Biotechnology companies say their seeds offer a green answer to the threat of global food shortages. But the evidence for that claim is mixed at best
Over recent decades, western consumers have reaped the benefits of a farming revolution and its plentiful harvest. The vast economies of scale delivered by agro farming and globalisation have led to a downward trend in food prices, creating the illusion that food can only get cheaper.
But the cost of cheap food has been high. Contamination, degradation and the depletion of finite natural resources have been the direct result of greater mechanisation, intensive use of inputs and extensive irrigation systems. Now, as oil and gas fields near exhaustion, the days of input-dependent farming appear to be numbered.
Yet while the rest of the world contemplates the pending food scarcity and climate change crises, biotechnology companies are quietly confident that they hold the solution. The industry asserts that genetically modified crops enable better pest control, reduced spraying, safety for non-target species, higher stress tolerance and more consistent yields. In short, the industry believes that green biotechnologies provide a secure and sustainable food and energy solution.
A widely held view is that Europe’s stance on GM greatly influences that of the rest of the world. If Europe decides to relax its rigid GM regulations, the biotech industry will see significant gains elsewhere as well. It appears that current market conditions may provide biotech companies with the leverage needed to break into these markets.
Referring to the European Union’s rejection of shipments of livestock feed contaminated with GM “Hercules Maize” last year, Nathalie Moll, executive director at EuropaBio, a European biotech industry association, says the EU’s resistance to GM produce – in particular, Europe’s “zero tolerance” on GM-contaminated grain imports – may further drive up food prices. She predicts: “The zero tolerance policy is likely to bring the European livestock industry to its knees.”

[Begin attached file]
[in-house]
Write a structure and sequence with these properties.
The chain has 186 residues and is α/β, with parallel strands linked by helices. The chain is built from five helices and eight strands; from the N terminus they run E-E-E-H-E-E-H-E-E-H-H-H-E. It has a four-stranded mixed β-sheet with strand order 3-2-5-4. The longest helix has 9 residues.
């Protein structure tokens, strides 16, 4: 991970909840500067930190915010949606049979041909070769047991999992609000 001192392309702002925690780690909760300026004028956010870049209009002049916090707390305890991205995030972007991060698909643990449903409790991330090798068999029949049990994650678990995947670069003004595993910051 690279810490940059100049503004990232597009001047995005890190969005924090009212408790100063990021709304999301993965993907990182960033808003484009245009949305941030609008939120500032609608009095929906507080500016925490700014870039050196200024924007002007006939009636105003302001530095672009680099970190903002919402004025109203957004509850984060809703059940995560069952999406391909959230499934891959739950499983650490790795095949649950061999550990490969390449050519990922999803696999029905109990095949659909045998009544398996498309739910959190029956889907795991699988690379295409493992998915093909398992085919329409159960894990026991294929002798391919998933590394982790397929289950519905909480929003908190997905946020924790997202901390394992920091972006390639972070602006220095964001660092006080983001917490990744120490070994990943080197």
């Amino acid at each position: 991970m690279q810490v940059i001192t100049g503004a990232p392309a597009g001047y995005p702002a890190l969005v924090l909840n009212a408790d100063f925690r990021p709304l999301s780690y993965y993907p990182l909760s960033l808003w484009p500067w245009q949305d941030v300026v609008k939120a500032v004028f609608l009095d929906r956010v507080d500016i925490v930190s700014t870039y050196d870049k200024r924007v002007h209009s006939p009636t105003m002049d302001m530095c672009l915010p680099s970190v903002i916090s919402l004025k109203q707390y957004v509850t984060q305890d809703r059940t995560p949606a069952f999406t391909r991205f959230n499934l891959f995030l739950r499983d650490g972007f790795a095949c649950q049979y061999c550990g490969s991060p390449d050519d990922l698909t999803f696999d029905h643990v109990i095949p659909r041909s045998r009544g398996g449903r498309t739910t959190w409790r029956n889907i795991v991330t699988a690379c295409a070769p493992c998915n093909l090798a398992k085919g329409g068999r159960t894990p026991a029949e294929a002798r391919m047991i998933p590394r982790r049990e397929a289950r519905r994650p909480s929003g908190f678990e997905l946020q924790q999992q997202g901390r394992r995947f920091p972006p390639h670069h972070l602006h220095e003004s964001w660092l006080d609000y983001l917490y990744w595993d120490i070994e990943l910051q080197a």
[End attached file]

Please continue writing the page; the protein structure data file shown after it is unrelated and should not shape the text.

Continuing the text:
Moll says the current market share of GM technology in the Americas, from where Europe imports the bulk of its livestock grain, will be augmented by a batch of “Roundup Ready” seeds – seeds genetically modified to contain the glyphosate-based herbicide, Roundup – due to hit the markets in 2009. She suggests that EU resistance to GM may result in Europe switching from being a net exporter of meat to a net importer. This could have staggering implications for the rest of the world in terms of food prices.
Biotech and biofuels
Competing demand for coarse grain from the biofuels industry and for livestock feed has placed an upward pressure on grain prices, creating a knock-on effect of higher meat prices. The increase has been to the extent that last year, US beef and pork producers called for the non-renewal of tax credits for ethanol and import tariffs on ethanol.
In the US, 73 per cent of maize, 87 per cent of cotton and 91 per cent of soya is grown from GM seed, according to current figures published by the Economic Research Service of the US Department of Agriculture. All three are key biofuel crops.
Brent Erickson, executive director at Biotech Industry Organization (BIO), says increased demand for cellulosic ethanol has led to research into enhancing existing crops, such as maize, with enzymes specifically geared towards ethanol production.
He says that while biofuels will lower the cost of farming inputs, higher yielding GM crops will simultaneously prevent a shift in acreage out of food and into fuel feedstock production, given that biotechnology can make existing acreage more productive.
But a recent report published by Advanced Economic Solutions, a consulting company for the food industry, suggests otherwise. In the US, maize earmarked for ethanol production now accounts for 25 per cent of total maize use. In light of the 20 per cent increase in the number of maize acres planted in 2007, an “acreage battle” is highly likely, concludes the report. It also revealed that a key driver behind the inflated price of maize and other food inputs has been ethanol production.
Companies such as Inventure Chemicals are developing a variety of second-generation feedstocks, including algae, to create biodiesel and ethanol. Algae feedstock is more cost-effective than other biofuel feedstocks, says Mark Tegen, Inventure’s chief executive.
A new strain of eucalypt engineered by a team of US and Taiwanese scientists at the Taiwan Forestry Research Institute has been designed to sequester three times the carbon of traditional species.